Click here to learn more about Forbidden Art and our exclusive partnership with the Auschwitz-Birkenau State Museum 

In short, the weekend was remarkable, and we’re proud to say that our premier association with the most prestigious of the thirteen Presidential Library and Museum institutions in our country, is one worthy of everyone’s attention and thanks.  Through our cooperation, our delegation has solidified numerous educational opportunities in fulfillment of the vision of our most generous Orchard Lake benefactor Dr. Wikiera, and indeed can claim responsibility for unprecedented recognition of Poland in World War Two to the United States Government.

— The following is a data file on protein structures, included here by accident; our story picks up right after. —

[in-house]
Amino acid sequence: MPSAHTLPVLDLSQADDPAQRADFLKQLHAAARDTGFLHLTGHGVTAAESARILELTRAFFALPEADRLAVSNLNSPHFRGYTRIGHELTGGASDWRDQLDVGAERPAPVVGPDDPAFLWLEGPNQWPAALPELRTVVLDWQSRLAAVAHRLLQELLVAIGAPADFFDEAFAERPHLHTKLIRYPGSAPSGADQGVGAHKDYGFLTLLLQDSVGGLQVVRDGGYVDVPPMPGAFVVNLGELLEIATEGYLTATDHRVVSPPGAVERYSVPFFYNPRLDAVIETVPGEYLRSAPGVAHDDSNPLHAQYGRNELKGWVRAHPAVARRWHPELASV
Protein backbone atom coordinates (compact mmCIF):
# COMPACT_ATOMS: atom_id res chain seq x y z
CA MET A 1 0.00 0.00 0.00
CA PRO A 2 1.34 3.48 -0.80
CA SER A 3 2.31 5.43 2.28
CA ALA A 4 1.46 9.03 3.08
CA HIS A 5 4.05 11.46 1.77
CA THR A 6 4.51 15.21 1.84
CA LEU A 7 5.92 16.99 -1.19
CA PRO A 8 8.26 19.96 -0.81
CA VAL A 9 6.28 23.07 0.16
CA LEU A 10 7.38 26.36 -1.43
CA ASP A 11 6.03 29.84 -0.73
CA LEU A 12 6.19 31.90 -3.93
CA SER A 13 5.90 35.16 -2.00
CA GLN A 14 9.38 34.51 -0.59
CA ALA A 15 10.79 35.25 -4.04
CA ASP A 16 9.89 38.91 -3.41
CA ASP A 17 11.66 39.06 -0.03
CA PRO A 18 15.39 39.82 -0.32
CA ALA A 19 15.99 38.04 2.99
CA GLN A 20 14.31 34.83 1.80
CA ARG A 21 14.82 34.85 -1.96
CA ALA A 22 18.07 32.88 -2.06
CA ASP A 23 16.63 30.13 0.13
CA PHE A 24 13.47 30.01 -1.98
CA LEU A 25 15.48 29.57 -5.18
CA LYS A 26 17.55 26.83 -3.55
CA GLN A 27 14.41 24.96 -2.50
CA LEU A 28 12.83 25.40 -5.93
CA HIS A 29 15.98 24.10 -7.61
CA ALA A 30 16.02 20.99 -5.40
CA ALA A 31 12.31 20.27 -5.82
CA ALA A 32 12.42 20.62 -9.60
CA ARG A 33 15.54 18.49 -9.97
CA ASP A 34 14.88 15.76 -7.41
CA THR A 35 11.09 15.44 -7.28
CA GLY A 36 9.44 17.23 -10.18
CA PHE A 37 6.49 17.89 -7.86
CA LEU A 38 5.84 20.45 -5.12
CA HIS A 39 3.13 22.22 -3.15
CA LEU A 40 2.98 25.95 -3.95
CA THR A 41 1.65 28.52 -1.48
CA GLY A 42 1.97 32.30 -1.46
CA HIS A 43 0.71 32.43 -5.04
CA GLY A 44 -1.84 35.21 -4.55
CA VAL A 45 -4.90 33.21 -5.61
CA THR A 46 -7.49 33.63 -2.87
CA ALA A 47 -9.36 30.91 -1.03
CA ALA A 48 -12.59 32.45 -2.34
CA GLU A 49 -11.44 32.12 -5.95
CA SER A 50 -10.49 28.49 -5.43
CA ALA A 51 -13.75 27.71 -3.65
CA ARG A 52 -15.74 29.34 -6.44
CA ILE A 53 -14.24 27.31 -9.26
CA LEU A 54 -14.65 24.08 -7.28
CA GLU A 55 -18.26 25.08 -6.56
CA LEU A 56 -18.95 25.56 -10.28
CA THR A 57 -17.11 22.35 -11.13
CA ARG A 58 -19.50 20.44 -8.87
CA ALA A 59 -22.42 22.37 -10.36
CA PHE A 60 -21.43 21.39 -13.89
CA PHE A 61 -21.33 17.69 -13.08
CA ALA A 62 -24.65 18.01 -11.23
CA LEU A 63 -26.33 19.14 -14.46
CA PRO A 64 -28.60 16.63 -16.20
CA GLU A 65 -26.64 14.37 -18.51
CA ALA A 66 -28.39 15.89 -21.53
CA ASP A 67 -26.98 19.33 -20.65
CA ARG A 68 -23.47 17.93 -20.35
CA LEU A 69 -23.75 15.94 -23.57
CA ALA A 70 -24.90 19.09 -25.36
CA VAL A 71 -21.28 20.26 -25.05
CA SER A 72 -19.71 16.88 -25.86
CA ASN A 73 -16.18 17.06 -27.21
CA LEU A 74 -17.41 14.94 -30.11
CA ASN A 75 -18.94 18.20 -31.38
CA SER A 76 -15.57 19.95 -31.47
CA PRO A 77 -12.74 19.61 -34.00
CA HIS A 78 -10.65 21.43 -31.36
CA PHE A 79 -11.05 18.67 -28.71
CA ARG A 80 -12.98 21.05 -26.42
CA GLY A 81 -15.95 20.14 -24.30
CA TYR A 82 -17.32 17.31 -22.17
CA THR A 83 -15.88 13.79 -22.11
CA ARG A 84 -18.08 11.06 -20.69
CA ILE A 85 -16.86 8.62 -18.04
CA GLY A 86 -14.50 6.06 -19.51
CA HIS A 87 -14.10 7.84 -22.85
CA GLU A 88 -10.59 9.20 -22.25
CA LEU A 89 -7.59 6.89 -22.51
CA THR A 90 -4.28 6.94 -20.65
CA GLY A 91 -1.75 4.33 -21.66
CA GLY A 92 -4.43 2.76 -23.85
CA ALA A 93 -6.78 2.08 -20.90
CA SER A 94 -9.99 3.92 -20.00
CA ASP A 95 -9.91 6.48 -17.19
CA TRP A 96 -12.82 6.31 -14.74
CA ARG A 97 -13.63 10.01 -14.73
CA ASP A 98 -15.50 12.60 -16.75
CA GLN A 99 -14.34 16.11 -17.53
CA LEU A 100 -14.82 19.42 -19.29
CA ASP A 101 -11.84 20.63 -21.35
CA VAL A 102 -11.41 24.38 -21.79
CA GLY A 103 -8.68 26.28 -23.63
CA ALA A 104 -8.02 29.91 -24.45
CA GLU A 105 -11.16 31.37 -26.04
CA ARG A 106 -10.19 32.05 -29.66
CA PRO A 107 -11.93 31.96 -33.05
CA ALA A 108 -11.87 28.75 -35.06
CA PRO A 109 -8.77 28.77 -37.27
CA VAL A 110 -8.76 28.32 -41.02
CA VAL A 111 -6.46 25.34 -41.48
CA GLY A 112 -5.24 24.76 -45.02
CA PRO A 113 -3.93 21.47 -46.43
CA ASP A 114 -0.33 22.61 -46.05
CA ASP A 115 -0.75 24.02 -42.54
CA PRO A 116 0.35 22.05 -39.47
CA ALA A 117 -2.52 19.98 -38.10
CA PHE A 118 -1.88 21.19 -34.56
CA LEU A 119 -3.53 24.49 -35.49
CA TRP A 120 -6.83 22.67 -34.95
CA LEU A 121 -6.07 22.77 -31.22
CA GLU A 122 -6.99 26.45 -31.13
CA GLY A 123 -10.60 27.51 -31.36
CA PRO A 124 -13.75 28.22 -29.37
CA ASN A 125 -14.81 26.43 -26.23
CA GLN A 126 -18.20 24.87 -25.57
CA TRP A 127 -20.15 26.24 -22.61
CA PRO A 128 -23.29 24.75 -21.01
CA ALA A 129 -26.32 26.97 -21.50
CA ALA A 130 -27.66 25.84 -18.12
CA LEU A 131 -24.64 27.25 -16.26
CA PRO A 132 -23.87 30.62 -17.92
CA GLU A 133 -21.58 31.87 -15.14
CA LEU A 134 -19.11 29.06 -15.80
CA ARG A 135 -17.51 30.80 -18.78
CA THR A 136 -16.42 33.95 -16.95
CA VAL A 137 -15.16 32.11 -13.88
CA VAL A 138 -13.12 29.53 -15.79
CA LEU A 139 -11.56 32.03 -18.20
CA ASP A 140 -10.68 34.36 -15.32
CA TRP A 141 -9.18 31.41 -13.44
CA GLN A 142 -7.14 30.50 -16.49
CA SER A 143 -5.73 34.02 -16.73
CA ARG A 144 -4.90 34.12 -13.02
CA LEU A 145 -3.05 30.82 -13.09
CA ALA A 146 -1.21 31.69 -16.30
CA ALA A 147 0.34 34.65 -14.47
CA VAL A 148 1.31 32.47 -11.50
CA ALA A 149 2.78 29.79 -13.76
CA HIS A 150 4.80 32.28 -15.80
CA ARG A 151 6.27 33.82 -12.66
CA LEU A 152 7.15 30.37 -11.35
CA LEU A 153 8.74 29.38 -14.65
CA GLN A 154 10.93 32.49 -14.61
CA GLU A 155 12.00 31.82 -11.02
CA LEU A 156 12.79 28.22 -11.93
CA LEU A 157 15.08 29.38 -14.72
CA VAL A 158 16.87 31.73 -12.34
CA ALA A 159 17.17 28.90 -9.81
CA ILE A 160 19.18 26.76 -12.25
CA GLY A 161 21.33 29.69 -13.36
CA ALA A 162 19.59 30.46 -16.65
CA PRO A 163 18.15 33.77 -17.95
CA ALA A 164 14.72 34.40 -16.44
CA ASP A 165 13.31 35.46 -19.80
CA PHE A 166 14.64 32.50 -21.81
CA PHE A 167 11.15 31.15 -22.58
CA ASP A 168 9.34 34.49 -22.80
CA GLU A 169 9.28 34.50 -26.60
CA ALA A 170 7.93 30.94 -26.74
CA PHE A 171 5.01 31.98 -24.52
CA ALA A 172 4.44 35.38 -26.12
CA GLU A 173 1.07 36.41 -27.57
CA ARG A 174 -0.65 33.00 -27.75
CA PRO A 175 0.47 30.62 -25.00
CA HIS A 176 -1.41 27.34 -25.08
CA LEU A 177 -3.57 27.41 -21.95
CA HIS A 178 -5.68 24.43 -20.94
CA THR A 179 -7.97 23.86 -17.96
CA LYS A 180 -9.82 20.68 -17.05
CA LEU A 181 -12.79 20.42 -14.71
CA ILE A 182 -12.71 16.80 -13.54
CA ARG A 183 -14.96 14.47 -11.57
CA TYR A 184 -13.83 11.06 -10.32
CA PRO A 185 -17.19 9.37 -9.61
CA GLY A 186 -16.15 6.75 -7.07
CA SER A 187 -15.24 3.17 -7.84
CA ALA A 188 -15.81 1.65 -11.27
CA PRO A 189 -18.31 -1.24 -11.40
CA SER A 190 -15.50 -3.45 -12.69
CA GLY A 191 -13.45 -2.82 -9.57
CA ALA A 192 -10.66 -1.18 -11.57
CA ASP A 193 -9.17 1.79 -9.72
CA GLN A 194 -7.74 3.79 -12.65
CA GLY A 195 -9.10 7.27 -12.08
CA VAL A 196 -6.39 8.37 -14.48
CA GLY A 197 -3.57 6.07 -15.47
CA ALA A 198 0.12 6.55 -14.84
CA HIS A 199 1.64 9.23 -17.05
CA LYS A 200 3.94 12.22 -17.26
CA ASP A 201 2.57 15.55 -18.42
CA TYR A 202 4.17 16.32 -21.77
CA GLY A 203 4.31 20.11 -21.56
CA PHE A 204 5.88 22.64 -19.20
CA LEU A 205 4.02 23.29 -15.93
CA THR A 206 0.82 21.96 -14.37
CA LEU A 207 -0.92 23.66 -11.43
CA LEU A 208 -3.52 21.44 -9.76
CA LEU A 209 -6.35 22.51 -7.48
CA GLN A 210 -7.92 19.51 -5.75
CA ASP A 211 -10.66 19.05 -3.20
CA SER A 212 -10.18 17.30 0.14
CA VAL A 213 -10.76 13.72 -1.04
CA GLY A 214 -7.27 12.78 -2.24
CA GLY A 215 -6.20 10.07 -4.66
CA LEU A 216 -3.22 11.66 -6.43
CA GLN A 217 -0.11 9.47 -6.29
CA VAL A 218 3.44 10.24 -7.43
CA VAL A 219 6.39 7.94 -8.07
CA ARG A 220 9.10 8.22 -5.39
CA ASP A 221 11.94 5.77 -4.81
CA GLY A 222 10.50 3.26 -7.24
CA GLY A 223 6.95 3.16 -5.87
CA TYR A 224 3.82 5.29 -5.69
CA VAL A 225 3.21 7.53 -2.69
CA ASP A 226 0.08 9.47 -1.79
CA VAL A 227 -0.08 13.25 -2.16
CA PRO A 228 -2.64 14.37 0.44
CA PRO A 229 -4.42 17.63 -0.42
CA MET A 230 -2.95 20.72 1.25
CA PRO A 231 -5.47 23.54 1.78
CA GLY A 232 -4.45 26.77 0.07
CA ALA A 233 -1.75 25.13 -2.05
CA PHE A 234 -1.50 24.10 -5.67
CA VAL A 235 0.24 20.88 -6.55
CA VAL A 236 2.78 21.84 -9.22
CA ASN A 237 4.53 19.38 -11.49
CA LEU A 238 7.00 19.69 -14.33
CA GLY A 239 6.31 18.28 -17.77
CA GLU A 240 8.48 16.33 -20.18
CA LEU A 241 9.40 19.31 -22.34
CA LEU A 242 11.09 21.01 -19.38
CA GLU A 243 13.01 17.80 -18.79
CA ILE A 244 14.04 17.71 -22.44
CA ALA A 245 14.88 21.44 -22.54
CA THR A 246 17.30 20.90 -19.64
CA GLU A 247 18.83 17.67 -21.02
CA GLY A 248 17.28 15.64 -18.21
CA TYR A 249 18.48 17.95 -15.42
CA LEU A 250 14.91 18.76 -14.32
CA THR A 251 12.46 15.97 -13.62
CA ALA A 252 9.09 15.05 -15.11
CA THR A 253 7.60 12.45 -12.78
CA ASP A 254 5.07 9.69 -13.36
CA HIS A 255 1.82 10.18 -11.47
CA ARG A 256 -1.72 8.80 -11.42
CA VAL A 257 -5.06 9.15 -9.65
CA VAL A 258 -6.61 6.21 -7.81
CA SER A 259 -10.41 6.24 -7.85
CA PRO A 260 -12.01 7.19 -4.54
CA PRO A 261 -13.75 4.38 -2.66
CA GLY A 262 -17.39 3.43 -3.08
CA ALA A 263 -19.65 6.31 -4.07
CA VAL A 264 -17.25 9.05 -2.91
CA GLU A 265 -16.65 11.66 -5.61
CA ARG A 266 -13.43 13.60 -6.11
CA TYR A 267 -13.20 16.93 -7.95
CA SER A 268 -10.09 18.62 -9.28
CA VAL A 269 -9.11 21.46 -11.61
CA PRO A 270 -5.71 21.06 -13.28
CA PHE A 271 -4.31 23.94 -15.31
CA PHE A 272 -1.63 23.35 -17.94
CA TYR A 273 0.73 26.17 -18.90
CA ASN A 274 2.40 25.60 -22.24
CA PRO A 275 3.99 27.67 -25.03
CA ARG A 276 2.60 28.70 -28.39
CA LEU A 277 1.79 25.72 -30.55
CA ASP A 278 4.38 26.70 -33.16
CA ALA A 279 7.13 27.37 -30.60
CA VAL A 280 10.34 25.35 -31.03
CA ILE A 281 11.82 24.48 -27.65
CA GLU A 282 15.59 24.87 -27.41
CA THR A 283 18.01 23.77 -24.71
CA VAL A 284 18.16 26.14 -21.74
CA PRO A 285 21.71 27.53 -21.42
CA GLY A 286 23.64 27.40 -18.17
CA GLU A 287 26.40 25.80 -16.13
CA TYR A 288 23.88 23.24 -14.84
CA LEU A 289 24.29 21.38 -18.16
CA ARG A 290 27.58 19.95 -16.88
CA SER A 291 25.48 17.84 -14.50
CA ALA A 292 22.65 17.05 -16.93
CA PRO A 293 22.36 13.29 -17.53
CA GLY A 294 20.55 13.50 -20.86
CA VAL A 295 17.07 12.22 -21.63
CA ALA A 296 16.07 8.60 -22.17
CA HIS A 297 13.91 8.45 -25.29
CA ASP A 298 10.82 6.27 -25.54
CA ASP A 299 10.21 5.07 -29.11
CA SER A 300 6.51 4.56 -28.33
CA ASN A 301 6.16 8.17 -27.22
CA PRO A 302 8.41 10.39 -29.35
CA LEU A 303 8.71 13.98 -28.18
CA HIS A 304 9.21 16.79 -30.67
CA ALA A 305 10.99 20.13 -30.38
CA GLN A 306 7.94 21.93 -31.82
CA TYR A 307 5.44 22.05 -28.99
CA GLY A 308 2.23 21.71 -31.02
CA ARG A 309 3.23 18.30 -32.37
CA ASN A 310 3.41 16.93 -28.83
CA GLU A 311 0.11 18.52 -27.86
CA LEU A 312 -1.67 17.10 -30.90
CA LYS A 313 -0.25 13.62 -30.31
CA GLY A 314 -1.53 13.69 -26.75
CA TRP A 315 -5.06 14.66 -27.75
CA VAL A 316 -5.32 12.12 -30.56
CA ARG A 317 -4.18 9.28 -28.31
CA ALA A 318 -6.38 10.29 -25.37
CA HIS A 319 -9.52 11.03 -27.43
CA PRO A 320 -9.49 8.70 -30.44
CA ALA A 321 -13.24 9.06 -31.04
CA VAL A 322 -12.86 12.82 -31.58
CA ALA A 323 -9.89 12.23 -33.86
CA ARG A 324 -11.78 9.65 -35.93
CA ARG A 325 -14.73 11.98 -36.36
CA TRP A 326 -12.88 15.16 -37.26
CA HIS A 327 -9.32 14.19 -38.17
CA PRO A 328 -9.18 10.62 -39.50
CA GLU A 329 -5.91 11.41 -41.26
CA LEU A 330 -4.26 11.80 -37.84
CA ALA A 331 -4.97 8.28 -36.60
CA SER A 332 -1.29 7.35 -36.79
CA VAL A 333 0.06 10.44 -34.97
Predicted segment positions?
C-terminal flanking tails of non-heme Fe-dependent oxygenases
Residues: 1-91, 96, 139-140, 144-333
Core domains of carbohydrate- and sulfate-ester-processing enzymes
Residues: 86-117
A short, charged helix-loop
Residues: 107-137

We at The Polish Mission of the Orchard Lake Schools offer our highest thanks to the following: + Dr. Edward Wikiera; our anonymous friend in California; Polish Mission Chairman Dr. Stanley Z. Majewski; Consul General of the Republic of Poland in Chicago Paulina Kapuscinska; Director of the Auschwitz-Birkenau State Museum Dr. Piotr Cywinski; President of the Eisenhower Foundation Stephen McLean; Director of the Eisenhower Presidential Library, Museum and Boyhood Home Karl Weissenbach; Army Spouse of the Year Misti Stevens; Curator of the Eisenhower Presidential Museum William Snyder; Registrar Matthew Thompson; Public Relations Director Samantha Kenner; and most importantly, to the veterans who have fought, and are still fighting for, the freedoms we enjoy to this day.  The title carved into the marble of Ike’s statue reads “Champion of Peace.”  Join us in saluting all who strive for this title today.